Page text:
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Old 12-05-2009, 06:40 PM   #24
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Speed World Raceway in Roseville California has spec slash class races (At a on road track with some jumps) and they have 60 or more entries on race nights from what I understand. If people want diversity than I don't understand how a class can get that big. Slash is different, but the rough principal needs to brought into a on road class.
It's a current fad. Classes like that always start out strong but fade fast. Plus classes like that are in addition to classes that are more open not replacing them.
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Old 12-05-2009, 06:43 PM   #25
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Originally Posted by Owen RaCing View Post


Speed World Raceway in Roseville California has spec slash class races (At a on road track with some jumps) and they have 60 or more entries on race nights from what I understand. If people want diversity than I don't understand how a class can get that big. Slash is different, but the rough principal needs to brought into a on road class.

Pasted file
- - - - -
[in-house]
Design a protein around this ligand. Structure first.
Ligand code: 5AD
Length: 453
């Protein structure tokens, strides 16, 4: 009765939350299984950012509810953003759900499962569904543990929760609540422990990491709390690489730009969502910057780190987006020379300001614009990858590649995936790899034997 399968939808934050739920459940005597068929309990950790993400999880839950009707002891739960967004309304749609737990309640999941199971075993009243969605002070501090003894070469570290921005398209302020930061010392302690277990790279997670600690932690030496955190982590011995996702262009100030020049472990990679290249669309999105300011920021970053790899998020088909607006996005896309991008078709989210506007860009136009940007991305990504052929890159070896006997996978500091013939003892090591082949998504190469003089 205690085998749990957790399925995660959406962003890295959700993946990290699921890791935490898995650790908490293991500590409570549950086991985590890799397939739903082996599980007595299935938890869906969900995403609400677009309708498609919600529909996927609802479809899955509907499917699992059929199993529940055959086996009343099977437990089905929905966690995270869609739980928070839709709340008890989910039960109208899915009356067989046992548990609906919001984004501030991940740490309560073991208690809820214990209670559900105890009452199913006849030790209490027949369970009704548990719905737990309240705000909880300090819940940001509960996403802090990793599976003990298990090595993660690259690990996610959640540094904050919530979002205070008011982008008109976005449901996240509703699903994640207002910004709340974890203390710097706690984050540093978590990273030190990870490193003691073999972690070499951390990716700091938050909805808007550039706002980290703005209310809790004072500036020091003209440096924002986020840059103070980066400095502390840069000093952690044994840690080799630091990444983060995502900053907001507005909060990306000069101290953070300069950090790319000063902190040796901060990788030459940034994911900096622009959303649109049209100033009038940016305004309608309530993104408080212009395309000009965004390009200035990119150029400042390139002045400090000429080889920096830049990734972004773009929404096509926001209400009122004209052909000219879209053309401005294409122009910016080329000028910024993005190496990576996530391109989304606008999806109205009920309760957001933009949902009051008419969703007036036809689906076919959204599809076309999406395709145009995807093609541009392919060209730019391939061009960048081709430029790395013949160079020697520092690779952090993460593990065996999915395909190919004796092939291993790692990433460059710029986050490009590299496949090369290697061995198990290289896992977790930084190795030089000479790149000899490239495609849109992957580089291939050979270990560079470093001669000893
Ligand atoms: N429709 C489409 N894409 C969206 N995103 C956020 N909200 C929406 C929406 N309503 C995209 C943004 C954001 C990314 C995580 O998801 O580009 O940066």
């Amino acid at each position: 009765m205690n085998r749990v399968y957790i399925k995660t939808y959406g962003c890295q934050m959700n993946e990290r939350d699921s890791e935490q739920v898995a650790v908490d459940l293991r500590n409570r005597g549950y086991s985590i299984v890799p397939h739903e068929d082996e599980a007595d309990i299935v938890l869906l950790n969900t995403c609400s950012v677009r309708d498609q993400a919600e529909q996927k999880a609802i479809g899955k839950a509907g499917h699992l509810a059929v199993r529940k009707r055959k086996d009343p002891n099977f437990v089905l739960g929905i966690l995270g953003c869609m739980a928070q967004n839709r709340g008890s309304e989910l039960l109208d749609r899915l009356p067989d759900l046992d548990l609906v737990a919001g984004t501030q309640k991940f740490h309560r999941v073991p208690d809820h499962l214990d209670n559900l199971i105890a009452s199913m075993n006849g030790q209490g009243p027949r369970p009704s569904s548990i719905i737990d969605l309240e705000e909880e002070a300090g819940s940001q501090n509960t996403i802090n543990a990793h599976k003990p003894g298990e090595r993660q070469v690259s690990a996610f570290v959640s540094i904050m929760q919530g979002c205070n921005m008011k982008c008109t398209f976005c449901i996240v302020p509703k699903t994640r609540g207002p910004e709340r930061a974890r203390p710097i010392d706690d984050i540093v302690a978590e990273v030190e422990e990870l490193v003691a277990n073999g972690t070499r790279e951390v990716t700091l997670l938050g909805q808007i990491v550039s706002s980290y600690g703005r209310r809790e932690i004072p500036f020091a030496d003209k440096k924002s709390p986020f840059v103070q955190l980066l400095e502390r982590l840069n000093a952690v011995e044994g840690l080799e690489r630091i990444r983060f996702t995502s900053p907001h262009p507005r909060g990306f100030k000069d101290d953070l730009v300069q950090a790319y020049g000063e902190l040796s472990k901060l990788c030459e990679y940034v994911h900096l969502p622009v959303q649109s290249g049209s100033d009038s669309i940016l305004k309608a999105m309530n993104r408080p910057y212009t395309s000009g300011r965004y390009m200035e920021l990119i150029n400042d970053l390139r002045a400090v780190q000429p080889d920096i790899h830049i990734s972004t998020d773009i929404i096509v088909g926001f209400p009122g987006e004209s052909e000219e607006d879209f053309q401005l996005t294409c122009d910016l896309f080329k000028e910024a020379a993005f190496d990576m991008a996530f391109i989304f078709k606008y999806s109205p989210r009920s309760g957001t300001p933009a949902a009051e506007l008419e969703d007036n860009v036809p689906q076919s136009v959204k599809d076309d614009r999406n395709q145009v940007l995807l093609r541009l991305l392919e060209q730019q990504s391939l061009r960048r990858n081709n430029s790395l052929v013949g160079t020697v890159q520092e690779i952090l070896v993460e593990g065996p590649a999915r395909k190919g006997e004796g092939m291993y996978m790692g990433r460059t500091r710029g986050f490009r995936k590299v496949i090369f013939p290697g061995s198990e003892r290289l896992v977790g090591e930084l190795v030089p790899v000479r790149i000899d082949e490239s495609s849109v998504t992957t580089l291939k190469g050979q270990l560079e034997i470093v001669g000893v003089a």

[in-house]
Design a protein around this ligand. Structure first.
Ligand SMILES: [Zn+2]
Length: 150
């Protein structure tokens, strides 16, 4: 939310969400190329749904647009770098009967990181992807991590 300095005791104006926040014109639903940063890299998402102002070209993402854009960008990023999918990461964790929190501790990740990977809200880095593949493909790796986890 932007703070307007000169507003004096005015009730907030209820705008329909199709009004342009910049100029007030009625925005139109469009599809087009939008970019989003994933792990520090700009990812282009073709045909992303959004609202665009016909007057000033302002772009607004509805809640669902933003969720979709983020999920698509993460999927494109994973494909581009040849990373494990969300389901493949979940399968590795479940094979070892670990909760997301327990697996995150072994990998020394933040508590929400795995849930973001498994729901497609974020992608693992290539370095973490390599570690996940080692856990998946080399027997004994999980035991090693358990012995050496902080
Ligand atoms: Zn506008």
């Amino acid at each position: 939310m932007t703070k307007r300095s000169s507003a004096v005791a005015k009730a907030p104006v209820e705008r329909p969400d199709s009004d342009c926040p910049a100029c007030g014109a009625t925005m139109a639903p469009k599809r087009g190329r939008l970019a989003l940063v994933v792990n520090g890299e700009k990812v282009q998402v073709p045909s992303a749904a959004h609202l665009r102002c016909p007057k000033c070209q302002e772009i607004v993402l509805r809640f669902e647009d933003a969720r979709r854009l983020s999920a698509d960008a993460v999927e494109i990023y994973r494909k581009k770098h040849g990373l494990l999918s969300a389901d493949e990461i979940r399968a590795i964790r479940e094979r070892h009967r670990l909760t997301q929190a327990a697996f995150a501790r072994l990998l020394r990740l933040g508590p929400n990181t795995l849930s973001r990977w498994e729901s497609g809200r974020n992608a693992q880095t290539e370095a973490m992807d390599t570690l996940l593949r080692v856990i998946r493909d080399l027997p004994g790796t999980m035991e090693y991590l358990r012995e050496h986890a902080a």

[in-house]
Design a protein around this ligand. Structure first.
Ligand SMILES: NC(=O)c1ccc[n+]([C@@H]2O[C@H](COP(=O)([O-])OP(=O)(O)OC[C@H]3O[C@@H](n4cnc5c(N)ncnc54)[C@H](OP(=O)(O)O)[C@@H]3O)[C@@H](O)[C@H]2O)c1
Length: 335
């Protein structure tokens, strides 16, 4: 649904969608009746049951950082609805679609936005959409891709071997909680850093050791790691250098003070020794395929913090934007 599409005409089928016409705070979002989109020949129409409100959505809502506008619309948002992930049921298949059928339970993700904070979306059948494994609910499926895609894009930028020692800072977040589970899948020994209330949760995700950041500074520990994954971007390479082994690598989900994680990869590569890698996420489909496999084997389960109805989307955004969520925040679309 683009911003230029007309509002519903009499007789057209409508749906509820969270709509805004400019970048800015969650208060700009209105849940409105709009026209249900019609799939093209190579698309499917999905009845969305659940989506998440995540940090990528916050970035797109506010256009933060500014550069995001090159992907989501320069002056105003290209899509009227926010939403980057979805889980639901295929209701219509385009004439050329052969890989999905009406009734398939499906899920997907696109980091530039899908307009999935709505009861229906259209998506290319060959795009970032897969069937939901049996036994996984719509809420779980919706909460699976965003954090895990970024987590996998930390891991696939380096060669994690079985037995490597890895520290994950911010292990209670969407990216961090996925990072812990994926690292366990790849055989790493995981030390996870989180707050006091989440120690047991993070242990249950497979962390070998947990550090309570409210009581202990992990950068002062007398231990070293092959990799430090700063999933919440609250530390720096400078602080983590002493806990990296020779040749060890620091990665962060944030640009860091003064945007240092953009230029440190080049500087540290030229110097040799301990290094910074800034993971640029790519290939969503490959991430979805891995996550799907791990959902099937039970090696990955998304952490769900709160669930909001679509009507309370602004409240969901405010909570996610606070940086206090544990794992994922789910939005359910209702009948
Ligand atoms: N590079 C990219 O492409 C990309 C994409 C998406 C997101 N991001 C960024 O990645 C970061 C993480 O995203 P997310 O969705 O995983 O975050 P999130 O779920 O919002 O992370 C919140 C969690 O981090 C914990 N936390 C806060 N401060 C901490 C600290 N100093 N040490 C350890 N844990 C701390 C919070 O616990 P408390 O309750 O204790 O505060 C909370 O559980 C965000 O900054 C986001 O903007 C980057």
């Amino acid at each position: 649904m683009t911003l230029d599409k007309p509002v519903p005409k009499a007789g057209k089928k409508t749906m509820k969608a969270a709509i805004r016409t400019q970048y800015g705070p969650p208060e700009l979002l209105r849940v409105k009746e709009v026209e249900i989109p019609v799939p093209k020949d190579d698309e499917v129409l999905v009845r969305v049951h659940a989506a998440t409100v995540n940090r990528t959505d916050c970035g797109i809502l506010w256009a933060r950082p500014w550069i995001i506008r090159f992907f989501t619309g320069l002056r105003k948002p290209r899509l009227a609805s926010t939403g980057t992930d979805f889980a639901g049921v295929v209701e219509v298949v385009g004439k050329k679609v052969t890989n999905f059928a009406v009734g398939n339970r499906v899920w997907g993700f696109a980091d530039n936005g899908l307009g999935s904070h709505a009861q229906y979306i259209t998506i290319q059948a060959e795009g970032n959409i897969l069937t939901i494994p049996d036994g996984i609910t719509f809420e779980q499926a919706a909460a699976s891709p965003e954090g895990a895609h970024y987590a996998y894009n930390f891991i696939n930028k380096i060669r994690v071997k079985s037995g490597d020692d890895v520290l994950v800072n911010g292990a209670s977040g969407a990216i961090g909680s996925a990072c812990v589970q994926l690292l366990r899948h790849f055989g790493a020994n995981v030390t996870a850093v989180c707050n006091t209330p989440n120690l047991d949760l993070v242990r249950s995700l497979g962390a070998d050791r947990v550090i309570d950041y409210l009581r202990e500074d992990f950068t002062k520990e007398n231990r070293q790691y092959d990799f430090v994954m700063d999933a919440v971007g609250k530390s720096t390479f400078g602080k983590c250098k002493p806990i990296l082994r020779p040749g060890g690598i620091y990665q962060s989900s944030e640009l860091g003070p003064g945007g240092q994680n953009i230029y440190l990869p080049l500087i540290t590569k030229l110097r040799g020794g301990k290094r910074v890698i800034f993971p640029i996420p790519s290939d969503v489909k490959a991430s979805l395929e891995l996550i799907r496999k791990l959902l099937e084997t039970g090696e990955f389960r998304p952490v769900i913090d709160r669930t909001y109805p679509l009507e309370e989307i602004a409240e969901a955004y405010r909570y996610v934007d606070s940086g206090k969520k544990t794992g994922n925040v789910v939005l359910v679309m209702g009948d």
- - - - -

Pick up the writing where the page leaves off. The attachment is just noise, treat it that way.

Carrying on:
wow 60 in race nights! isnt the Slash 2WD truck? if that can handle fine, imagine what a 2WD touring car can do!!

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Originally Posted by bboard View Post
F103GT is not an open wheel car, it the version that came a front bumber/body post and a full body.
my bad, I just watched youtube of it and it does look good! Thanks!

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Old 12-05-2009, 07:01 PM   #26
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Originally Posted by da_John_wee View Post